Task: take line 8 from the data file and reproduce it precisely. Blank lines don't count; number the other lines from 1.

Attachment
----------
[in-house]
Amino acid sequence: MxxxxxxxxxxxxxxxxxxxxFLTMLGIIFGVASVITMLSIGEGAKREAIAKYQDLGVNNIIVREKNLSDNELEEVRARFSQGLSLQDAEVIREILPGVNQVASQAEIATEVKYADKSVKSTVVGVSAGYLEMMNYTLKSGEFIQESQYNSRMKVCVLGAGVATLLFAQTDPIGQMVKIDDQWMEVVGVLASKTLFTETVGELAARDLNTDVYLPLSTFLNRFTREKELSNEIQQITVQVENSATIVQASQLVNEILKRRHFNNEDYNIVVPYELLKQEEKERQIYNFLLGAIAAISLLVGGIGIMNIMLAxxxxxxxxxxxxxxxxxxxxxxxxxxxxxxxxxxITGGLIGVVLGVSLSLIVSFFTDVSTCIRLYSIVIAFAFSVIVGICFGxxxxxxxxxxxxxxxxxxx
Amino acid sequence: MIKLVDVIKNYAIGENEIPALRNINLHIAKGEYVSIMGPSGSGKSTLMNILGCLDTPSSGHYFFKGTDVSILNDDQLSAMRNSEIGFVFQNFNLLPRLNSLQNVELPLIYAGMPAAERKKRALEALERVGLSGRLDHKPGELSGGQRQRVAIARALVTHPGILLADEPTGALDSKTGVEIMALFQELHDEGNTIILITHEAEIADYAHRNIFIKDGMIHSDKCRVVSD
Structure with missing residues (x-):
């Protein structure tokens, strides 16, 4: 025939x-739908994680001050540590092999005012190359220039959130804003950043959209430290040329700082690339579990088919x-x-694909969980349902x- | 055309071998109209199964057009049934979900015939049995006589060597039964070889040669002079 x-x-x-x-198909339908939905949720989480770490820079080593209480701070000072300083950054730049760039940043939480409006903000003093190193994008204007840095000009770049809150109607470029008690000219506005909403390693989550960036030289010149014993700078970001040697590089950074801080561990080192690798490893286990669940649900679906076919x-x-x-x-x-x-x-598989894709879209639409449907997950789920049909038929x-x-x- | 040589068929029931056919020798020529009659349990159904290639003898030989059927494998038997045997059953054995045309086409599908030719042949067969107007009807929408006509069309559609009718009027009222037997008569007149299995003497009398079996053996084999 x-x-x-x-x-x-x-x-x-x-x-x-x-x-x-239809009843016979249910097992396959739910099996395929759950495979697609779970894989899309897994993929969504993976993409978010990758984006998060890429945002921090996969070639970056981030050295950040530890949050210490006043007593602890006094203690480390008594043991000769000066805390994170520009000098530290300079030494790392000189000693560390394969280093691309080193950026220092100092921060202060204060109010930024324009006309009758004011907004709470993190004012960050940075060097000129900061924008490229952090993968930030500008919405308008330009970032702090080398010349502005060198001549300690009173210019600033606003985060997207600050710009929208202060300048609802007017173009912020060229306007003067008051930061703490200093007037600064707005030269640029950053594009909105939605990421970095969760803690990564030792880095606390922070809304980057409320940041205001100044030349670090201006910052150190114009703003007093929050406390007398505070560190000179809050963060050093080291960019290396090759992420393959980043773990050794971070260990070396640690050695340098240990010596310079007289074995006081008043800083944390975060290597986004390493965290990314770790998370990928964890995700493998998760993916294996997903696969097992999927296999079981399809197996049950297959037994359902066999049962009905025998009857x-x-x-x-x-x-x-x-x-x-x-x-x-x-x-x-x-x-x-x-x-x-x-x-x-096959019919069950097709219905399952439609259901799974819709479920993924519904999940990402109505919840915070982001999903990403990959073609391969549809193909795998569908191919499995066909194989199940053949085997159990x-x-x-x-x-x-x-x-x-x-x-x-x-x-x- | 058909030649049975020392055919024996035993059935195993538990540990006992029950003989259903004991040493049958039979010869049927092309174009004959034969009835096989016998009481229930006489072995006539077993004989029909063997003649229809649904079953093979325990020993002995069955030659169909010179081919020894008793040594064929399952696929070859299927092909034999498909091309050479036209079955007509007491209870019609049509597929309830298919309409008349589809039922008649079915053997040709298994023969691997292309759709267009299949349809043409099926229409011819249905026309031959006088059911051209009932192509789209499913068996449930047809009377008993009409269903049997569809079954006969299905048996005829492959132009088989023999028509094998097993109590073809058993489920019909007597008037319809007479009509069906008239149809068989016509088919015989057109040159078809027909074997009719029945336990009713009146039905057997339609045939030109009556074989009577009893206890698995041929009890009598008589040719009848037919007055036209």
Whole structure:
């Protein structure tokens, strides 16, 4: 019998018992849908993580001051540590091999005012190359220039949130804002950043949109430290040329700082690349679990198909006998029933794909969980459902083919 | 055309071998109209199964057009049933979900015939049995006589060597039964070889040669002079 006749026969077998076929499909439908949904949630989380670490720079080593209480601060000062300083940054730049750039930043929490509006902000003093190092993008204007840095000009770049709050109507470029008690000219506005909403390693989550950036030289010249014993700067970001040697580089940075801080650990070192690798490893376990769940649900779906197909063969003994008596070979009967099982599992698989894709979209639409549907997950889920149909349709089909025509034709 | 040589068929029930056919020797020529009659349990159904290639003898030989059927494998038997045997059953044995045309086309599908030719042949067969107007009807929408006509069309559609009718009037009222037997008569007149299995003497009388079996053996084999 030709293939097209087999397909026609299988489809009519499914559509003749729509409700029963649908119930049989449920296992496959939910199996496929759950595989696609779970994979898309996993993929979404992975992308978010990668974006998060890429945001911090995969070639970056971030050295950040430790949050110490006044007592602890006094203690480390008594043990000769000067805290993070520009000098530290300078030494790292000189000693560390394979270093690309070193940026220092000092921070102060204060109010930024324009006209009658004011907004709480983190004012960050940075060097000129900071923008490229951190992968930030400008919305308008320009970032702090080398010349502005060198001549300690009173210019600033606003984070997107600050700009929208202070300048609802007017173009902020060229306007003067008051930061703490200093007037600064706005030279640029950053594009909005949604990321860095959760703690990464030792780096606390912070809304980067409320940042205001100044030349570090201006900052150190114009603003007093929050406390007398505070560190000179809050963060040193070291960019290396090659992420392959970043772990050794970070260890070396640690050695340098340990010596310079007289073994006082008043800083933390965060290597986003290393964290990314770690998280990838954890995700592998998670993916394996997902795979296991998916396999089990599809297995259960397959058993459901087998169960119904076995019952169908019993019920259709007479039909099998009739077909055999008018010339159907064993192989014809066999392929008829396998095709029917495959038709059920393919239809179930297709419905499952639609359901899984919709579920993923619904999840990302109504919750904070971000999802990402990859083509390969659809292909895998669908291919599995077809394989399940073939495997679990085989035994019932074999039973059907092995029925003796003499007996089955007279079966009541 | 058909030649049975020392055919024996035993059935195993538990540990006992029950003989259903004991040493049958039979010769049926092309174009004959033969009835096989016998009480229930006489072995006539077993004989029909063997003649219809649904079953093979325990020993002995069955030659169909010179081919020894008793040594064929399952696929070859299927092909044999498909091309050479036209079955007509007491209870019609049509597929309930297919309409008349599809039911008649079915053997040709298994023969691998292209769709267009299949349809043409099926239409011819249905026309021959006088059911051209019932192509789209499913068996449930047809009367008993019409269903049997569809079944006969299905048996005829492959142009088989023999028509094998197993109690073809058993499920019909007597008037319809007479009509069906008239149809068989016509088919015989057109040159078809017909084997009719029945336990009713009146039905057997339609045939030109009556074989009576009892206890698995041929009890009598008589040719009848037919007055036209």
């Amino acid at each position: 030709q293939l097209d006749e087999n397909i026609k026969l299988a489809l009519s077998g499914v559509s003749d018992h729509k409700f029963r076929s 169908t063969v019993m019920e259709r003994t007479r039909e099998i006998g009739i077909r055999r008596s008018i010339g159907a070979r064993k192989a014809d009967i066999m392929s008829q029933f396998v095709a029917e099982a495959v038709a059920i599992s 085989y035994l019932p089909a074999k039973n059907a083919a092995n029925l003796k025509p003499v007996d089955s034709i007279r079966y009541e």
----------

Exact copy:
């Amino acid at each position: 030709q293939l097209d006749e087999n397909i026609k026969l299988a489809l009519s077998g499914v559509s003749d018992h729509k409700f029963r076929s 169908t063969v019993m019920e259709r003994t007479r039909e099998i006998g009739i077909r055999r008596s008018i010339g159907a070979r064993k192989a014809d009967i066999m392929s008829q029933f396998v095709a029917e099982a495959v038709a059920i599992s 085989y035994l019932p089909a074999k039973n059907a083919a092995n029925l003796k025509p003499v007996d089955s034709i007279r079966y009541e």